There are five key criteria that make it likely that blockchain is a better approach to addressing a problem than conventional distributed data systems or a cloud-based Software-as-a-Service (SaaS) solution:
- The problem requires secure transfer of value, possibly in very small increments; for example, micropayments for content or web services and machine to machine markets, and person to person payments such as small charitable contributions or sharing the cost of a meal among a group of friends.
- The problem involves agents who do not know or do not trust each other; for example, peer to peer markets for goods and services, escrows, and providing proof that all parties are what they say and behaved honestly.
- The problem involves many different actors from different organizations whose interests do not align; for example, logistics or chain of custody applications that transfer responsibilities from party to party.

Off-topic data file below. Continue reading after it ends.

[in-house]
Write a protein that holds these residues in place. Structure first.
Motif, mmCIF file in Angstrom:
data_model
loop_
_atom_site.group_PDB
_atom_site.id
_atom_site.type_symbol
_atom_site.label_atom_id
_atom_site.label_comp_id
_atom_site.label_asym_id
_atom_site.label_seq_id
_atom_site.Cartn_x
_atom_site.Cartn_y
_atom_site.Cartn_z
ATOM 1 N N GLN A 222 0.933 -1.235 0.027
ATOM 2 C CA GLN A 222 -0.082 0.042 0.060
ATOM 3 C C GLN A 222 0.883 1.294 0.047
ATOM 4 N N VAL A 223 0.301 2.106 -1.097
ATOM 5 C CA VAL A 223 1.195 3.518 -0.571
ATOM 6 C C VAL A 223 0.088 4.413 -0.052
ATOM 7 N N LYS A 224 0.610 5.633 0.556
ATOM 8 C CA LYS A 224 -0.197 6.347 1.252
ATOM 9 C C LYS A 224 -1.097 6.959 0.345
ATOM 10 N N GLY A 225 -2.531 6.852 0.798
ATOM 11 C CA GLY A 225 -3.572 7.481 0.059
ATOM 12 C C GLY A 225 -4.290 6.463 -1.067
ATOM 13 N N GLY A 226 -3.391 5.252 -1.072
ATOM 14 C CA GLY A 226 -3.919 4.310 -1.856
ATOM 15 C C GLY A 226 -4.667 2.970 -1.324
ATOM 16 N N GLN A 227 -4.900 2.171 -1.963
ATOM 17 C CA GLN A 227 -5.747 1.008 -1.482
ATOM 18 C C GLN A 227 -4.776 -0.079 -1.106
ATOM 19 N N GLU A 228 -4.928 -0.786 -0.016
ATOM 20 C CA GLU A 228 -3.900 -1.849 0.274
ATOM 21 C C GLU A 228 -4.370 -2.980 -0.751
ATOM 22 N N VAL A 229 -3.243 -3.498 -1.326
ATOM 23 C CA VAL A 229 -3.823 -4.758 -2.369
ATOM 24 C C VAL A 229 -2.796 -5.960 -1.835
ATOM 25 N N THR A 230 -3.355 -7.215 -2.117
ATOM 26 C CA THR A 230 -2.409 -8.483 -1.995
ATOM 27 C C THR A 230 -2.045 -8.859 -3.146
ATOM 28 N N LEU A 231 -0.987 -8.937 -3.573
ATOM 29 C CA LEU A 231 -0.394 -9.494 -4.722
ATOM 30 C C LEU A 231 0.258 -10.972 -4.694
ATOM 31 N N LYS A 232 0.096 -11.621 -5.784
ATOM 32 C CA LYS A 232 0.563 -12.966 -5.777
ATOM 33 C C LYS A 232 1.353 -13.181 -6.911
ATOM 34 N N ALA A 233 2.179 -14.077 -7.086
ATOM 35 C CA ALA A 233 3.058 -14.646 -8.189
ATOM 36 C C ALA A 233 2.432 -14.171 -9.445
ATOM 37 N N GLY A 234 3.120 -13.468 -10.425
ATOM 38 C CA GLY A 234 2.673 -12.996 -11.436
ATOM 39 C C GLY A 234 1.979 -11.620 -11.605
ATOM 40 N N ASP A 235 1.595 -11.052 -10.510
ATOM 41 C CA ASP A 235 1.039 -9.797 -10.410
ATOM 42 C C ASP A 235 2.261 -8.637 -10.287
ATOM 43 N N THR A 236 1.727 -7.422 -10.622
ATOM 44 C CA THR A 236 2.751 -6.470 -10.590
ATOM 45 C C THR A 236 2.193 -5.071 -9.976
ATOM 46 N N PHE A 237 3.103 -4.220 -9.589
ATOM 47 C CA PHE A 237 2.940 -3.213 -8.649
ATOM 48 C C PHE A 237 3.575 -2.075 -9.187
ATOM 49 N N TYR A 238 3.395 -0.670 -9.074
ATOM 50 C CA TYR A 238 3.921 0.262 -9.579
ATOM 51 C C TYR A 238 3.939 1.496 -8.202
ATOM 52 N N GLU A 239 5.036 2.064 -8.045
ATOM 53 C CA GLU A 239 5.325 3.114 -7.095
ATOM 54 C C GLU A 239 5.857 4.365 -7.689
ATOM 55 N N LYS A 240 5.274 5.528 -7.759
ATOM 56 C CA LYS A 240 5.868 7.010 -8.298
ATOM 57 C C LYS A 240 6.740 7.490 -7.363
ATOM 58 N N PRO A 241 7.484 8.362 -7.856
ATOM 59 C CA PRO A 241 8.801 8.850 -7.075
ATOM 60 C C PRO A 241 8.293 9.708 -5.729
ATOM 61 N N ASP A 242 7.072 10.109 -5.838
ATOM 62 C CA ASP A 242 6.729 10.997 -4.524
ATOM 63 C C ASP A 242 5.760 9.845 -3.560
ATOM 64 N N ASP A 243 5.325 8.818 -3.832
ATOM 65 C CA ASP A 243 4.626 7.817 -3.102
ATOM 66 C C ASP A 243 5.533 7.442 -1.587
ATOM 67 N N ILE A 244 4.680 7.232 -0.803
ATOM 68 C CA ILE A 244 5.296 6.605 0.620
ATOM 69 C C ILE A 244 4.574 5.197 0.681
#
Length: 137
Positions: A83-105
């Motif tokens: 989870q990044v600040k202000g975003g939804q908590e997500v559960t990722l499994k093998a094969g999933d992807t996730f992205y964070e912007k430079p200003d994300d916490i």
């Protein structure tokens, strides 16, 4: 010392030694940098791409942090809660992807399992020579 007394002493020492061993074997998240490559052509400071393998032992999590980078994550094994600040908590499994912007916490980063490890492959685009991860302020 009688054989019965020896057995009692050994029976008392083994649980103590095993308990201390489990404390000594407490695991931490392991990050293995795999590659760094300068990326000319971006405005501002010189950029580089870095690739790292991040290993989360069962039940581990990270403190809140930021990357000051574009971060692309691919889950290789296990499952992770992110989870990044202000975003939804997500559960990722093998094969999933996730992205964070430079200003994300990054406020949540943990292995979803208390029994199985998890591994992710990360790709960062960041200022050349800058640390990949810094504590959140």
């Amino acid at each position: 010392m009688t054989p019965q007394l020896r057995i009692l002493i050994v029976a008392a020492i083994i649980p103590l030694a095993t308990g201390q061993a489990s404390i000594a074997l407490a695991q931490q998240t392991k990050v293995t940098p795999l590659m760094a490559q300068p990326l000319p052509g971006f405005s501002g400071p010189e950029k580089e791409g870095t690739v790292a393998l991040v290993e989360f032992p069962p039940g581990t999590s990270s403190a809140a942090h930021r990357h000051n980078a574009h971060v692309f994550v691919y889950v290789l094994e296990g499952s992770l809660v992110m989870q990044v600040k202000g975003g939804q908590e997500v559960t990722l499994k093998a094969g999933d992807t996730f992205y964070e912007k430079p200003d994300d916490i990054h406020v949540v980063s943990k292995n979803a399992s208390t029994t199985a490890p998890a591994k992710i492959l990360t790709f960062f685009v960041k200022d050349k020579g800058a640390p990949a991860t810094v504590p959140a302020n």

- The problem requires objective provability of facts or data; for example, audit trails and telemetry collected from connected industrial, medical, and infrastructure devices.
- The problem involves agents who might wish to censor, alter, or hide data; for example, securities, land title, and financial transactions where theft and fraud are real possibilities.
For blockchain to offer a viable solution to these problems it must be secure, inexpensive and scalable. For Blockchain as a Service (BaaS) to become a realistic alternative to private databases, it needs to be flexible, upgradable, environmentally sustainable, and protect users from unreasonable volatility in token value.